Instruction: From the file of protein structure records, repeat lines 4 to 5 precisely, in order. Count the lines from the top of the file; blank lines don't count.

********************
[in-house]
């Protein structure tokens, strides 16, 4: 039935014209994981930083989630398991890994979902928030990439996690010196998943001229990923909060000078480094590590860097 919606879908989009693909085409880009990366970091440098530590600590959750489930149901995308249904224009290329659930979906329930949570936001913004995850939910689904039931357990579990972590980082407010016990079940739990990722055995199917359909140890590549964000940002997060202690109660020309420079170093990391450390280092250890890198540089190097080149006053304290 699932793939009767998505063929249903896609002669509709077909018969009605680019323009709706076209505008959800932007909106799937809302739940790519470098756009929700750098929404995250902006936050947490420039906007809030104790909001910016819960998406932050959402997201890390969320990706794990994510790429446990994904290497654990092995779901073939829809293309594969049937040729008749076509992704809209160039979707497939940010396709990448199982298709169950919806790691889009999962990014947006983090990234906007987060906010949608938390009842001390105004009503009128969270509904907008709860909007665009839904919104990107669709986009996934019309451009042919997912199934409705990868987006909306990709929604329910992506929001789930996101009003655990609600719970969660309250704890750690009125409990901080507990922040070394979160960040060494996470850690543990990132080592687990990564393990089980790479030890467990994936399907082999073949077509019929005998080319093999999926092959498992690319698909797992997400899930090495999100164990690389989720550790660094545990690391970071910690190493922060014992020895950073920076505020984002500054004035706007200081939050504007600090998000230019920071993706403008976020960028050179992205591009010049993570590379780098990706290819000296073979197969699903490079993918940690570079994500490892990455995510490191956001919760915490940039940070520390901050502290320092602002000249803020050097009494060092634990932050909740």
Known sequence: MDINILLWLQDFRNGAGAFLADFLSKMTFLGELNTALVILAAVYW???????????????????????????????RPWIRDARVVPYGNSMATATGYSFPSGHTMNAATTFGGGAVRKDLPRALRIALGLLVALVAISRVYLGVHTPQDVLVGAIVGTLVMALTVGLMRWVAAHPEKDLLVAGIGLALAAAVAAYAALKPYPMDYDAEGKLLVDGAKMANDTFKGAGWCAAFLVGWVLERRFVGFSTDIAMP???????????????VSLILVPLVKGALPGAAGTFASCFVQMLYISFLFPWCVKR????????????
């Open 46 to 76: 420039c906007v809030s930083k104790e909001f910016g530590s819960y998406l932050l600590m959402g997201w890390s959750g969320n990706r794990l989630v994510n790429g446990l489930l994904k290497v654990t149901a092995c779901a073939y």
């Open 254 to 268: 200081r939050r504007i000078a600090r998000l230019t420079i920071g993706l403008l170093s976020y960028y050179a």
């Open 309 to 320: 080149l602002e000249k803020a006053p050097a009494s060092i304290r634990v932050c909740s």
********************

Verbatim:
């Open 46 to 76: 420039c906007v809030s930083k104790e909001f910016g530590s819960y998406l932050l600590m959402g997201w890390s959750g969320n990706r794990l989630v994510n790429g446990l489930l994904k290497v654990t149901a092995c779901a073939y």
């Open 254 to 268: 200081r939050r504007i000078a600090r998000l230019t420079i920071g993706l403008l170093s976020y960028y050179a």